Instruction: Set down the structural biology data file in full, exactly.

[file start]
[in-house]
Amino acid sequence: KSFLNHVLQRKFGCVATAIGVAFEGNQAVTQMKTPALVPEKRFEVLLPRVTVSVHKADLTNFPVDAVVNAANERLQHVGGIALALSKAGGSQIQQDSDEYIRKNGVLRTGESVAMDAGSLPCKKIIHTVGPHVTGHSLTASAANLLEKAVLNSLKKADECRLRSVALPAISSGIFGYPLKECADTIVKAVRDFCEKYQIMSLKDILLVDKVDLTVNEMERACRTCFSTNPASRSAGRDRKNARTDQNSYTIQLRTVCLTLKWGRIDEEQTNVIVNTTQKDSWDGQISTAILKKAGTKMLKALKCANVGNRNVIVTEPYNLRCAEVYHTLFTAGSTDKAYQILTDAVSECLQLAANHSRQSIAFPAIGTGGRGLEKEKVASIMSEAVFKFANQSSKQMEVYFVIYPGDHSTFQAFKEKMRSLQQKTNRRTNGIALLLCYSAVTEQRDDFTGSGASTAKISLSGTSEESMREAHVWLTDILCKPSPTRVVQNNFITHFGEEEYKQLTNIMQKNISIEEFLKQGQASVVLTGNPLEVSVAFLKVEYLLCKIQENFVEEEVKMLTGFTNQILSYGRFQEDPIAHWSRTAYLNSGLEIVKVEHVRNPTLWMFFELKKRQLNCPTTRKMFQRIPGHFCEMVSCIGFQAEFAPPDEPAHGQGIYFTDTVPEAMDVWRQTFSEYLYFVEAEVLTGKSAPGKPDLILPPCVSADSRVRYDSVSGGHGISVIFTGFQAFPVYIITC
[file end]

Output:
[in-house]
Amino acid sequence: KSFLNHVLQRKFGCVATAIGVAFEGNQAVTQMKTPALVPEKRFEVLLPRVTVSVHKADLTNFPVDAVVNAANERLQHVGGIALALSKAGGSQIQQDSDEYIRKNGVLRTGESVAMDAGSLPCKKIIHTVGPHVTGHSLTASAANLLEKAVLNSLKKADECRLRSVALPAISSGIFGYPLKECADTIVKAVRDFCEKYQIMSLKDILLVDKVDLTVNEMERACRTCFSTNPASRSAGRDRKNARTDQNSYTIQLRTVCLTLKWGRIDEEQTNVIVNTTQKDSWDGQISTAILKKAGTKMLKALKCANVGNRNVIVTEPYNLRCAEVYHTLFTAGSTDKAYQILTDAVSECLQLAANHSRQSIAFPAIGTGGRGLEKEKVASIMSEAVFKFANQSSKQMEVYFVIYPGDHSTFQAFKEKMRSLQQKTNRRTNGIALLLCYSAVTEQRDDFTGSGASTAKISLSGTSEESMREAHVWLTDILCKPSPTRVVQNNFITHFGEEEYKQLTNIMQKNISIEEFLKQGQASVVLTGNPLEVSVAFLKVEYLLCKIQENFVEEEVKMLTGFTNQILSYGRFQEDPIAHWSRTAYLNSGLEIVKVEHVRNPTLWMFFELKKRQLNCPTTRKMFQRIPGHFCEMVSCIGFQAEFAPPDEPAHGQGIYFTDTVPEAMDVWRQTFSEYLYFVEAEVLTGKSAPGKPDLILPPCVSADSRVRYDSVSGGHGISVIFTGFQAFPVYIITC